New Zealand Receives Franklin D. Roosevelt International Disability Award at UN Ceremony Governor-General Satyanand of New Zealand Recognized by Secretary-General Ban Ki-moon; FDR’s Great-Grandson Salutes New Zealand’s Disabled Persons Assembly
Hyde Park, NY and New York, NY – May 6, 2008 - The Franklin and Eleanor Roosevelt Institute and the World Committee on Disability presented New Zealand with the Franklin Delano Roosevelt International Disability Award. The Award was accepted by the Honorable Anand Satyanand, PCNZM, QSO, Governor-General of New Zealand who acknowledged that the award reflected “a sustained commitment to address the needs and wellbeing of New Zealanders who live with long-term impairment.” The Governor-General greeted participants in all of New Zealand’s official languages, and the ceremony was relayed in Sign Language. He said “New Zealand is committed to the principle that everyone is born equal in dignity and worth. Everyone is entitled, as a human right, to live a life to the fullest extent of his or her abilities.”
Attending the ceremony were H.E. Mr. Ban Ki-moon, Secretary-General of the United Nations; Mr. Sha Zukang, UN Under Secretary-General, Department of Economic and Social Affairs; Ambassador William J. vanden Heuvel, Founder and Chair Emeritus Roosevelt Institute; Hon. Michael R. Deland, Chairman, World Committee on Disability; David A. Roosevelt, Member of the Board of Governors of the Roosevelt Institute and great-grandson of Franklin and Eleanor Roosevelt; Mr. Robert David Hall, actor in CSI: Crime Scene Investigation; Dr. Young Woo Kang, Vice Chairman, World Committee on Disability; Mr. Mike Gourley, National President, Disabled Peoples Assembly (New Zealand).
The Award by the Franklin and Eleanor Roosevelt Institute to a UN member state that makes noteworthy progress toward the goal of full participation of citizens with disabilities as called for in the UN Convention on the Rights of Persons with Disabilities is giving $50,000 to a nongovernmental disability service organization. The Disabled Peoples Assembly of New Zealand was selected for the cash prize by the government of New Zealand. Mr. Mike Gourley, National President of Disabled Peoples Assembly complimented New Zealand’s role in obtaining the passage of the Convention and the strong partnerships between government and disabled people that it represents. “The passage of this Convention is remarkable in two ways: for the near record speed it’s taken to come into force, compared to other human rights treaties. And for the critical part that the forces representing the community of disabled people and our allies played in its inception and development.”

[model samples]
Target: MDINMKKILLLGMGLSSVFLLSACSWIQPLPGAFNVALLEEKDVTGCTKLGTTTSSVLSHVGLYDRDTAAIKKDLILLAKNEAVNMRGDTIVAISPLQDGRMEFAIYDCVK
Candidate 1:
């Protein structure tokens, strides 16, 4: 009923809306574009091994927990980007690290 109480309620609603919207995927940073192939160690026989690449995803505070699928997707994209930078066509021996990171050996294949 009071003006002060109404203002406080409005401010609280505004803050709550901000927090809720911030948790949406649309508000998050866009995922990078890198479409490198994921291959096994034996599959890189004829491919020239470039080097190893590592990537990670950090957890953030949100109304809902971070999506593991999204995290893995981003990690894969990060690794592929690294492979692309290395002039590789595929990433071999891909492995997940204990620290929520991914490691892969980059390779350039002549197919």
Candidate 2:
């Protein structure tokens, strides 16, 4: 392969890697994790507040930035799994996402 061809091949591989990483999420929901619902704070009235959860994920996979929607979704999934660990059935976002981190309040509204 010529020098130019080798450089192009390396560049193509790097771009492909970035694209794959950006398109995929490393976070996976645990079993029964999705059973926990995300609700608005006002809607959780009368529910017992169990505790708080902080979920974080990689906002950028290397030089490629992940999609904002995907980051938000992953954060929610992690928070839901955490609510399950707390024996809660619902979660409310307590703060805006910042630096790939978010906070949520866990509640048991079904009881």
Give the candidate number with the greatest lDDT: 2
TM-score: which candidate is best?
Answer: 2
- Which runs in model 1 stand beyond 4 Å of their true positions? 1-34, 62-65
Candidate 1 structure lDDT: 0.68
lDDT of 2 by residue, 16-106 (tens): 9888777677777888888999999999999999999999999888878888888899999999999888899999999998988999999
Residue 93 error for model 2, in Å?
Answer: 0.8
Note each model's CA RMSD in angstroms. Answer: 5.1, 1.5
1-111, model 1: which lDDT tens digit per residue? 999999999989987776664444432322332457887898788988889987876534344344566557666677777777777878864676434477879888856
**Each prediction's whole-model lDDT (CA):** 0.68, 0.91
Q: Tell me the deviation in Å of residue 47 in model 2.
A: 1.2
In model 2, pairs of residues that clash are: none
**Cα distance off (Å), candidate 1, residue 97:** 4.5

According to the United Nations there are six-hundred million men, women and children with disabilities in the world. The Franklin Delano Roosevelt International Disability Award was established at Hyde Park, NY in 1995 in commemoration of the inspirational achievements of Franklin Roosevelt in overcoming his disability. FDR’s great-grandson, David A. Roosevelt , expressed his conviction that President Roosevelt would be proud of New Zealand’s efforts. Because of his personal struggle with polio, “he saw the promise ready to bloom in each of us, and he asked us to call upon our own inner strength and courage to make the world a better place.”
Award recipients include: The Republic of Korea, Canada, Ireland, The Republic of Hungary, The Kingdom of Thailand, The Republic of Ecuador, the Republic of Italy, the Hashemite Kingdom of Jordan, the Republic of Poland and now, New Zealand.